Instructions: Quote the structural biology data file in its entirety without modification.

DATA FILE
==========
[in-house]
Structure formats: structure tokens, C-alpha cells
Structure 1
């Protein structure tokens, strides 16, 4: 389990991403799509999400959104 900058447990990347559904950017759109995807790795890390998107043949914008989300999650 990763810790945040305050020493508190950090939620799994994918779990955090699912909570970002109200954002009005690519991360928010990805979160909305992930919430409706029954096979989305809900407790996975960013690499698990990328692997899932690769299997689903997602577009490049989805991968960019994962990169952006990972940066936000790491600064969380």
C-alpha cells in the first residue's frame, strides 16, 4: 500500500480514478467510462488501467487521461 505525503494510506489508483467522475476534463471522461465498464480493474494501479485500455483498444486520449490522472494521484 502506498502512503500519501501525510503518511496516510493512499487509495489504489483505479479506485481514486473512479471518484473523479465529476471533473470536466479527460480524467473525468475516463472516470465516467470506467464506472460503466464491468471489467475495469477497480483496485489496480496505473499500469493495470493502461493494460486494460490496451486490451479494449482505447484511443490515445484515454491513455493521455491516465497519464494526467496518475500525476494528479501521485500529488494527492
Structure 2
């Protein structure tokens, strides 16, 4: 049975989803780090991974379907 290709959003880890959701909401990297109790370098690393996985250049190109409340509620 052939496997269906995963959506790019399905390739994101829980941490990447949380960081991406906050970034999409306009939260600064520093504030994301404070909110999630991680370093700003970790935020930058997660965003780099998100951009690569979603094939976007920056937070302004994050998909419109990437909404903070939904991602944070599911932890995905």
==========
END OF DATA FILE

[in-house]
Structure formats: structure tokens, C-alpha cells
Structure 1
């Protein structure tokens, strides 16, 4: 389990991403799509999400959104 900058447990990347559904950017759109995807790795890390998107043949914008989300999650 990763810790945040305050020493508190950090939620799994994918779990955090699912909570970002109200954002009005690519991360928010990805979160909305992930919430409706029954096979989305809900407790996975960013690499698990990328692997899932690769299997689903997602577009490049989805991968960019994962990169952006990972940066936000790491600064969380």
C-alpha cells in the first residue's frame, strides 16, 4: 500500500480514478467510462488501467487521461 505525503494510506489508483467522475476534463471522461465498464480493474494501479485500455483498444486520449490522472494521484 502506498502512503500519501501525510503518511496516510493512499487509495489504489483505479479506485481514486473512479471518484473523479465529476471533473470536466479527460480524467473525468475516463472516470465516467470506467464506472460503466464491468471489467475495469477497480483496485489496480496505473499500469493495470493502461493494460486494460490496451486490451479494449482505447484511443490515445484515454491513455493521455491516465497519464494526467496518475500525476494528479501521485500529488494527492
Structure 2
């Protein structure tokens, strides 16, 4: 049975989803780090991974379907 290709959003880890959701909401990297109790370098690393996985250049190109409340509620 052939496997269906995963959506790019399905390739994101829980941490990447949380960081991406906050970034999409306009939260600064520093504030994301404070909110999630991680370093700003970790935020930058997660965003780099998100951009690569979603094939976007920056937070302004994050998909419109990437909404903070939904991602944070599911932890995905």